The Art of Broken Pieces

Meryl Streep’s Golden Globe speech has gone viral and leaving out the rest I want to skip to the part where she quoted Princess Leia who said, “Take your broken heart and make it art.”

That statement made me plunge into a pool of memories of a time when I had a broken heart. I knew exactly what she meant, in fact I had my own parallel for it. It was during this heartbreak that I had first stumbled upon a technique called, ‘Kintsugi’ or ‘Kintsukuroi’.

In Japan, broken pottery is often repaired by filling the cracks with gold. They have several related techniques for repairing broken ceramics that involve other metals—including silver, copper, or bronze. They even include pieces of other ceramics to fill missing gaps. These techniques create objects that are not just repaired, but rather are now works of art. Instead of disguising the damage, the flaw is a unique piece of its history, which adds to its beauty.

This idea radically changed my perspective, and in turn, my life.

I wouldn’t ask God ‘why’, it only felt like a waste of time since it wasn’t going to lessen my pain. Instead, I began to ask Him to fill up the gaps and cracks in my heart with gold. Anything sparkling is always a personal preference, besides, I was so broken that I was certain I’d be glittering with all the gold when He was done.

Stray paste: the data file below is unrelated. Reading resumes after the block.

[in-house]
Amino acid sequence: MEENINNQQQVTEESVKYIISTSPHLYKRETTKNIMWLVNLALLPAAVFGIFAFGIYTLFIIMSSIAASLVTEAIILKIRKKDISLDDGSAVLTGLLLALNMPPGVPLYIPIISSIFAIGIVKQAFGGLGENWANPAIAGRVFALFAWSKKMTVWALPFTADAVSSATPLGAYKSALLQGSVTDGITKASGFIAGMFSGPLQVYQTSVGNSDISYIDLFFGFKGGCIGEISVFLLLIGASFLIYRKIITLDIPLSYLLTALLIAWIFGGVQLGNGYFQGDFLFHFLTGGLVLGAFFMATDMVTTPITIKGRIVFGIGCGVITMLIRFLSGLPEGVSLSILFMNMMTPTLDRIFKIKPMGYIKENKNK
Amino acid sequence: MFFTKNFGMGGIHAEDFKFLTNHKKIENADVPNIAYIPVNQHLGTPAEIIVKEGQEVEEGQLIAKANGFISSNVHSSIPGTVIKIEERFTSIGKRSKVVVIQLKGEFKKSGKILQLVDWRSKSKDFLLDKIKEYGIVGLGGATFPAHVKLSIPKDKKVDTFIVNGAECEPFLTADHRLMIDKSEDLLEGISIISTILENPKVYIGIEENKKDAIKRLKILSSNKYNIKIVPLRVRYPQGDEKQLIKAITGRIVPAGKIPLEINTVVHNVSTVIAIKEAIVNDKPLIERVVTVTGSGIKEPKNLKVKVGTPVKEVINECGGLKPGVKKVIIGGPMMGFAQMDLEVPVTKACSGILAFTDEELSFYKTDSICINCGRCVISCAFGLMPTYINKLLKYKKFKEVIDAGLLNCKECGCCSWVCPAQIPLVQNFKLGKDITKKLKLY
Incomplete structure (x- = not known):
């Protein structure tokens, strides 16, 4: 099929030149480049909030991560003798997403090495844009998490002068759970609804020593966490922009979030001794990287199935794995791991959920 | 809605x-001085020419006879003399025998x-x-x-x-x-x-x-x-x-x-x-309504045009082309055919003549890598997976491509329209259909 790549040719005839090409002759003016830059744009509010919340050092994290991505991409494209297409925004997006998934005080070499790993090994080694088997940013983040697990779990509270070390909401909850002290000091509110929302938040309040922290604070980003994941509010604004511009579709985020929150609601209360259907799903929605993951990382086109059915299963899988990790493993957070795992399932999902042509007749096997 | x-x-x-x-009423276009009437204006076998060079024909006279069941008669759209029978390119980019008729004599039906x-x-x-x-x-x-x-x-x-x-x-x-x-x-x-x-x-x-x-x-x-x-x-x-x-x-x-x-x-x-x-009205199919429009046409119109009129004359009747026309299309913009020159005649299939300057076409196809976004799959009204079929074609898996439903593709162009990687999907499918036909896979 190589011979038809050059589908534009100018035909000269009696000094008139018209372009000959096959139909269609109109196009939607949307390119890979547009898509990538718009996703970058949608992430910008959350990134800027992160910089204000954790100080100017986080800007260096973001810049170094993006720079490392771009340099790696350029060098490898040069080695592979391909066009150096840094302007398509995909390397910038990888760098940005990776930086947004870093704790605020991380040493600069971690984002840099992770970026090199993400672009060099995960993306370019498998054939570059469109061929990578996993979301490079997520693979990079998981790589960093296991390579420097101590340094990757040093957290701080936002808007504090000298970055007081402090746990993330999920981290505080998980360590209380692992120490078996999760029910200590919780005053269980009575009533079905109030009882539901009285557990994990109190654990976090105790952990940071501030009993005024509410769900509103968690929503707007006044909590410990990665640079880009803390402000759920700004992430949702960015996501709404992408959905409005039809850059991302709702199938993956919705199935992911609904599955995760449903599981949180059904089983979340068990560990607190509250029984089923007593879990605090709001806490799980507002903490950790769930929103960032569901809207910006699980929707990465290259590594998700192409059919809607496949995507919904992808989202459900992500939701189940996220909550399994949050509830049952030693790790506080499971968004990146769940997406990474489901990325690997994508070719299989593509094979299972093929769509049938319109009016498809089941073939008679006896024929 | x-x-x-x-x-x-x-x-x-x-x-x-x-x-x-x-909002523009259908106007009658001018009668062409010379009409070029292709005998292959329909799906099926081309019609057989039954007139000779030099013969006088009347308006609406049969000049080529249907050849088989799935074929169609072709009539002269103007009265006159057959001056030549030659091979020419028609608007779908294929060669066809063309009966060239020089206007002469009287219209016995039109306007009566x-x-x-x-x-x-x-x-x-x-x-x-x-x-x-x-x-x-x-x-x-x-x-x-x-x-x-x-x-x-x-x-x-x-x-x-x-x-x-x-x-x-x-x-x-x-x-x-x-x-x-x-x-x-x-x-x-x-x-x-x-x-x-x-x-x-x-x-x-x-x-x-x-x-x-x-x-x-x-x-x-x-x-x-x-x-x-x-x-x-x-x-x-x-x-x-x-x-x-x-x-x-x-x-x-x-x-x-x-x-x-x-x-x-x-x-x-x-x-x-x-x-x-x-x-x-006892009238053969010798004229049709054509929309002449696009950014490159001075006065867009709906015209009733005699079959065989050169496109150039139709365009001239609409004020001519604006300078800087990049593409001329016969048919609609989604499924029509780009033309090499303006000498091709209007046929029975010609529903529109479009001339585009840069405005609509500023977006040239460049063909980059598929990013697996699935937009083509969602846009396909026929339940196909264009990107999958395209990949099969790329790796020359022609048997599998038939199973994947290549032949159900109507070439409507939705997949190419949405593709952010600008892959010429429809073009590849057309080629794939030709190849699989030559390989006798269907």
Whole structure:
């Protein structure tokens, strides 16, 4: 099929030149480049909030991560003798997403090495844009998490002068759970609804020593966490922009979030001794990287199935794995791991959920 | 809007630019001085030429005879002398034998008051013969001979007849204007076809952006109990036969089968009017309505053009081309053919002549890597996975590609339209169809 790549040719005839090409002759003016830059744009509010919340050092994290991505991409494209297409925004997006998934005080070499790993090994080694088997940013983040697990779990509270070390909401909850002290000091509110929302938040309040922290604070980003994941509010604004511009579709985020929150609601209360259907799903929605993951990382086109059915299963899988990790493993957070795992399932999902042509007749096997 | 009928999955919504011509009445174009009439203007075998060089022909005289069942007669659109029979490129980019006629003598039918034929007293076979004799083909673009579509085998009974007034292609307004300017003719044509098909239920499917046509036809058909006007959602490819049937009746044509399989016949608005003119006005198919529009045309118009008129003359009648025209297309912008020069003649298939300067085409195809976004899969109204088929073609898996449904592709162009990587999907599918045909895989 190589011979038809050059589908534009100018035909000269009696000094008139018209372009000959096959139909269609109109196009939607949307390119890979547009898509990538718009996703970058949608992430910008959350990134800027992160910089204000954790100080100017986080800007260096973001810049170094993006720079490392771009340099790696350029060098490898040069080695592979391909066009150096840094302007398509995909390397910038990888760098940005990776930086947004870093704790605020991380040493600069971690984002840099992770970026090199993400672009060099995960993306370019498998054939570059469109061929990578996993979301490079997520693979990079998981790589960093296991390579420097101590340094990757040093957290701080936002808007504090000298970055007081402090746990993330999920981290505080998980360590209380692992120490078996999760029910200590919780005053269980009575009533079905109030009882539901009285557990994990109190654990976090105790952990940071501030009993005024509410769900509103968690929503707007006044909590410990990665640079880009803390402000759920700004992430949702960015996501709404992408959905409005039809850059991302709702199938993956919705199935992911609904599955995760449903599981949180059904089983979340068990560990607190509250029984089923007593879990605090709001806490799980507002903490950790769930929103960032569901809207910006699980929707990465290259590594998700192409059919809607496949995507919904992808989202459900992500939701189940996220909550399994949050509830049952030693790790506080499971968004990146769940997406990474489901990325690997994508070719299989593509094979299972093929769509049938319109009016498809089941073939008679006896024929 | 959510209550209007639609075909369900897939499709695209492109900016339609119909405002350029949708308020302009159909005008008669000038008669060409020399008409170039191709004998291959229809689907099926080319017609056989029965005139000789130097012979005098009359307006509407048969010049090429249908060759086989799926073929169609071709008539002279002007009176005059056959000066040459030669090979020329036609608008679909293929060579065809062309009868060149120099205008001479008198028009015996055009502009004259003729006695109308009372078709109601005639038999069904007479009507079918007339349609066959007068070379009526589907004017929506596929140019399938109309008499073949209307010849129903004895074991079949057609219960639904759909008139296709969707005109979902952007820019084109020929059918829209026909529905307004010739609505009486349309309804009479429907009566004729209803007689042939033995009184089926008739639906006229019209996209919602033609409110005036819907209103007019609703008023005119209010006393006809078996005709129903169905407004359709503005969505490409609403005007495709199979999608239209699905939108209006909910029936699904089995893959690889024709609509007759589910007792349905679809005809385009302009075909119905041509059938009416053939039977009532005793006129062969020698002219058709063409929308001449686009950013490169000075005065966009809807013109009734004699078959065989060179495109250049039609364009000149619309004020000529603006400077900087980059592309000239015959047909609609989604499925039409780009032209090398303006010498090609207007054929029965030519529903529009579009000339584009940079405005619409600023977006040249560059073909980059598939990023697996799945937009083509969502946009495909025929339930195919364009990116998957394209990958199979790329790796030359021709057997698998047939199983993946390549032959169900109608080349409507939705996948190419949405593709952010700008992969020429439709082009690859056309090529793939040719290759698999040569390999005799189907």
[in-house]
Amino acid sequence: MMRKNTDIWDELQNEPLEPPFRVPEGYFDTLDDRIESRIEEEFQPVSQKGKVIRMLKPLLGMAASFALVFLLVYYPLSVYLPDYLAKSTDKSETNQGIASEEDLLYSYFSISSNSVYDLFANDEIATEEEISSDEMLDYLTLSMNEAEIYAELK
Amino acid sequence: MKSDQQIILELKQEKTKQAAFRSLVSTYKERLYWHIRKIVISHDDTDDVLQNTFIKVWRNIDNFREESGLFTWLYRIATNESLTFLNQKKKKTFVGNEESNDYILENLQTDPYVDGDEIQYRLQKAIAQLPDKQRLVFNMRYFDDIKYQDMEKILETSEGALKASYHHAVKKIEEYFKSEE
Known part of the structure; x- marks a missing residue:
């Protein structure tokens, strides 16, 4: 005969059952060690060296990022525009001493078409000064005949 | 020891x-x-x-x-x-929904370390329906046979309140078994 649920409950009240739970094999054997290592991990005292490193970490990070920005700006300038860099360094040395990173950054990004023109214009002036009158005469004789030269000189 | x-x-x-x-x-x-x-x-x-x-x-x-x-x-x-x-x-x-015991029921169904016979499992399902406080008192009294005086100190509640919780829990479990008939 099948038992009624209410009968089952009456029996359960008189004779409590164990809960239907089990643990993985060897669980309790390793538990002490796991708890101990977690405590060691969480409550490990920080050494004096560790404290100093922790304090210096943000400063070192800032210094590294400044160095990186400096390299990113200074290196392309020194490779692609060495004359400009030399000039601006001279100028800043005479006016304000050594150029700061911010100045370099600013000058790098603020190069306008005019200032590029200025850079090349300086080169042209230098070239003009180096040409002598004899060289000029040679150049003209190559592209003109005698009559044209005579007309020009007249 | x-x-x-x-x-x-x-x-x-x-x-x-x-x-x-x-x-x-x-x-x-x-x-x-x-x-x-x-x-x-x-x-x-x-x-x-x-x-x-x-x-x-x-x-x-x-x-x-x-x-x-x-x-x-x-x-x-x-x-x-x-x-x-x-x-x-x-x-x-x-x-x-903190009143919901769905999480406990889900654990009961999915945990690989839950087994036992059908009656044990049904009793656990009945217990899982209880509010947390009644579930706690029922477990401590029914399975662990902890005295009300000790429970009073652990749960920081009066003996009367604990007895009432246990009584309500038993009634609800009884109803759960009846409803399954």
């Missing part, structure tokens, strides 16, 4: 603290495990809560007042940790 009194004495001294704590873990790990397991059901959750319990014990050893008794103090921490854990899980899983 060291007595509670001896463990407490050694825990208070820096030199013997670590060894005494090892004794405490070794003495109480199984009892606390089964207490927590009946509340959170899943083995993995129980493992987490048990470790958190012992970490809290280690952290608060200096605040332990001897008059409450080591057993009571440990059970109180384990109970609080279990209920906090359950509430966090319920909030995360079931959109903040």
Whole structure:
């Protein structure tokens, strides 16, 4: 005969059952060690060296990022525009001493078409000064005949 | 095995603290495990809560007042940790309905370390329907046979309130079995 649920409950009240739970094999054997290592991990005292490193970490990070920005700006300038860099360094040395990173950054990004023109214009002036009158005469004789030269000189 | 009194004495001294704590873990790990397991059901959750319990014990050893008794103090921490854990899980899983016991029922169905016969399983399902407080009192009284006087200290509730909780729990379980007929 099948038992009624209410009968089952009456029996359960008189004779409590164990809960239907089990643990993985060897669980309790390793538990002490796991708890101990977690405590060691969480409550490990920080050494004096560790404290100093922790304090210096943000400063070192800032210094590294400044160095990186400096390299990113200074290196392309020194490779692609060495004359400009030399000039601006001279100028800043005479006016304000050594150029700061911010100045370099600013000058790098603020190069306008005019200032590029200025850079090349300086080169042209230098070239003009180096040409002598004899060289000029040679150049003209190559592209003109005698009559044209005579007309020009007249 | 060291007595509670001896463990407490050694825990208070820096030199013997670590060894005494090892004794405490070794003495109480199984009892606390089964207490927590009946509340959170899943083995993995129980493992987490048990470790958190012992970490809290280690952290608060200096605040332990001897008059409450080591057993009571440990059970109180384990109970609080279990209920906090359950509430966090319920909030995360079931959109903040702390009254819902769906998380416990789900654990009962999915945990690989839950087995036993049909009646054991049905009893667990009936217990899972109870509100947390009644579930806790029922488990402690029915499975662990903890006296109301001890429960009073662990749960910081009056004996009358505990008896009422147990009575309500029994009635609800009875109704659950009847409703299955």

Pain changes people. It’s just a matter of how we allow it to change us. We can make room for it and end up living together celebrating bitterness. Or, we can wave goodbye as it leaves when we allow ourselves to grieve and then slowly let go.

In retrospect, I thank God for the nights that I’ve cried myself to sleep, if I slept at all. They remind me to be grateful for every other content night.  When the tears dry up you see clearer than before. You begin to see traces of beauty in that brokenness and the God who makes all things new. Like Kintsugi, He uses our brokenness to bring greater beauty in us than would ever be possible without the break.

Consider this when you feel broken. (anonymous)

Yet what we suffer now is nothing compared to the glory he will reveal to us later.”- Romans 8:18

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